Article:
STUDY DESIGN: Retrospective multicenter study. OBJECTIVE: The aim of this study was to identify the impact of diabetes on surgical outcomes of posterior decompression for cervical spondylotic myelopathy (CSM). SUMMARY OF BACKGROUND DATA: Although some previous studies have reported surgical outcomes of posterior decompression for CSM in diabetic patients, their results were inconsistent. METHODS: We included 675 patients with CSM who underwent posterior decompression. Patients were divided into diabetic (n = 140) and nondiabetic (n = 535) groups according to the diabetic criteria for glucose intolerance. Surgical outcomes as assessed by the Japanese Orthopedic Association (JOA) scores and visual analog scale (VAS) for neck pain were compared between groups. Subsequently, the functional outcomes of diabetic patients were compared between the mild (n = 131) and moderately severe (n = 9) groups. All patients were followed up for at least 1 year after surgery. RESULTS: Compared with the nondiabetic group, the diabetic group showed lower pre- and postoperative JOA scores (P = 0.025 and P = 0.001, respectively) and a lower JOA score recovery rate (RR) (P = 0.009). However, the preoperative-to-postoperative changes in JOA scores in the diabetic and nondiabetic groups were not significantly different (P = 0.988). Pre- and postoperative VAS for neck pain and postoperative reduction of neck pain were comparable between groups (P = 0.976, P = 0.913 and P = 0.688, respectively). Although statistical analysis was not performed due to the small underpowered sample size, functional outcomes assessed by the JOA score RR (43.3 ± 37.1% vs. 45.3 ± 33.9%) and preoperative-to-postoperative changes in JOA scores (3.0 ± 2.2 vs. 2.7 ± 2.5) were similar between the mild and moderately severe diabetes groups. CONCLUSION: CSM patients with diabetes experienced improvements in neurological function and neck pain as a result of posterior decompression to the same extent seen in patients without diabetes.Level of Evidence: 3.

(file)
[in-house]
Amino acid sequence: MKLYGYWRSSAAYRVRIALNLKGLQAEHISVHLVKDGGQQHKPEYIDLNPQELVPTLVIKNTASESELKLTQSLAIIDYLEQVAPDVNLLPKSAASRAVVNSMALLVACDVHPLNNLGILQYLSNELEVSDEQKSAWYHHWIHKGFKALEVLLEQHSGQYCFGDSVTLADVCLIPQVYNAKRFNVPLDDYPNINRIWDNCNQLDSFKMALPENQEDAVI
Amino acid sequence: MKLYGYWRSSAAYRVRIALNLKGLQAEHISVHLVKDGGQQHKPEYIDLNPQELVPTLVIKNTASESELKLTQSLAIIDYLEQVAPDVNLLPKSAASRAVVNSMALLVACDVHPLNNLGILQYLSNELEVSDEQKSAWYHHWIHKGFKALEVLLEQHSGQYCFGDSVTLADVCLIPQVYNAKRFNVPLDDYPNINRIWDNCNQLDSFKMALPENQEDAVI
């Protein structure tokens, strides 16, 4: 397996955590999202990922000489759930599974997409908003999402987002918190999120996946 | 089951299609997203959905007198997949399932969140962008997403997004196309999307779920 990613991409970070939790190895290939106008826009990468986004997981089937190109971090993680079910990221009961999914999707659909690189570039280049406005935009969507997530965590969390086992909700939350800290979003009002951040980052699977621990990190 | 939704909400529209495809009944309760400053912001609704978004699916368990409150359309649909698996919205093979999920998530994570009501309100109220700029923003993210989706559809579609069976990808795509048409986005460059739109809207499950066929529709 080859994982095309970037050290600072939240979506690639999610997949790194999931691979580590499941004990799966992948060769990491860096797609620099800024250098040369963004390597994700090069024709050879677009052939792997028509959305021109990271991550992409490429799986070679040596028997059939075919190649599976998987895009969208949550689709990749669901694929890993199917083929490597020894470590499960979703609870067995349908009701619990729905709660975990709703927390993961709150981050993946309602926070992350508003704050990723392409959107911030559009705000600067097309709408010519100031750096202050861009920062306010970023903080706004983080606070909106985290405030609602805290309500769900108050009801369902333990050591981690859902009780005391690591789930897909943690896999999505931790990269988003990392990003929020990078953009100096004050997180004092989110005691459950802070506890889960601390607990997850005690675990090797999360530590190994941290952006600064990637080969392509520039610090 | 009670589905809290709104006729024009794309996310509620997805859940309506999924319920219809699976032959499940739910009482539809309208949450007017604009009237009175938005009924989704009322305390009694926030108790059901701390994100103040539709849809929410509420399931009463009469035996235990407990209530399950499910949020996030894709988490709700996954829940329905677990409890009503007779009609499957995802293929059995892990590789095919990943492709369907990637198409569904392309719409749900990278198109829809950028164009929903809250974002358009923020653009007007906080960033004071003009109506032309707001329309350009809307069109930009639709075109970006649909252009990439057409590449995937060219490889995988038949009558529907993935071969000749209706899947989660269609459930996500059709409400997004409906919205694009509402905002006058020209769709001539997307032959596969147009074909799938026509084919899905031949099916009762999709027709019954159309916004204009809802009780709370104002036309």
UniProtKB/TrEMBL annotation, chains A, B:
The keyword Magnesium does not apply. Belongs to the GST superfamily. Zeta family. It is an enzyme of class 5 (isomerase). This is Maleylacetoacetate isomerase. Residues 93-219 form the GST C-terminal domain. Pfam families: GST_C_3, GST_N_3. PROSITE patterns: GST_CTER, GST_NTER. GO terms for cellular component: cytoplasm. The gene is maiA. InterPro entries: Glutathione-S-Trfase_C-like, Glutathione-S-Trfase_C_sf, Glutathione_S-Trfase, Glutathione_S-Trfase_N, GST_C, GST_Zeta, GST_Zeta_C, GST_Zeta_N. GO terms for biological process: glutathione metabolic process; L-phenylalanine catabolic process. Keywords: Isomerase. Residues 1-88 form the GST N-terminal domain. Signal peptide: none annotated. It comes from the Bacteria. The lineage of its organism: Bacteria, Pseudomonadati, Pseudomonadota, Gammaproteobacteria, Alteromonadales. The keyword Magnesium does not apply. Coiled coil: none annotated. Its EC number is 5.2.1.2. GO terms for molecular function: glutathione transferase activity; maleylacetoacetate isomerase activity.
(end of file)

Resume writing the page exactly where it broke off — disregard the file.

ASJC Scopus subject areas
- Orthopedics and Sports Medicine
- Clinical Neurology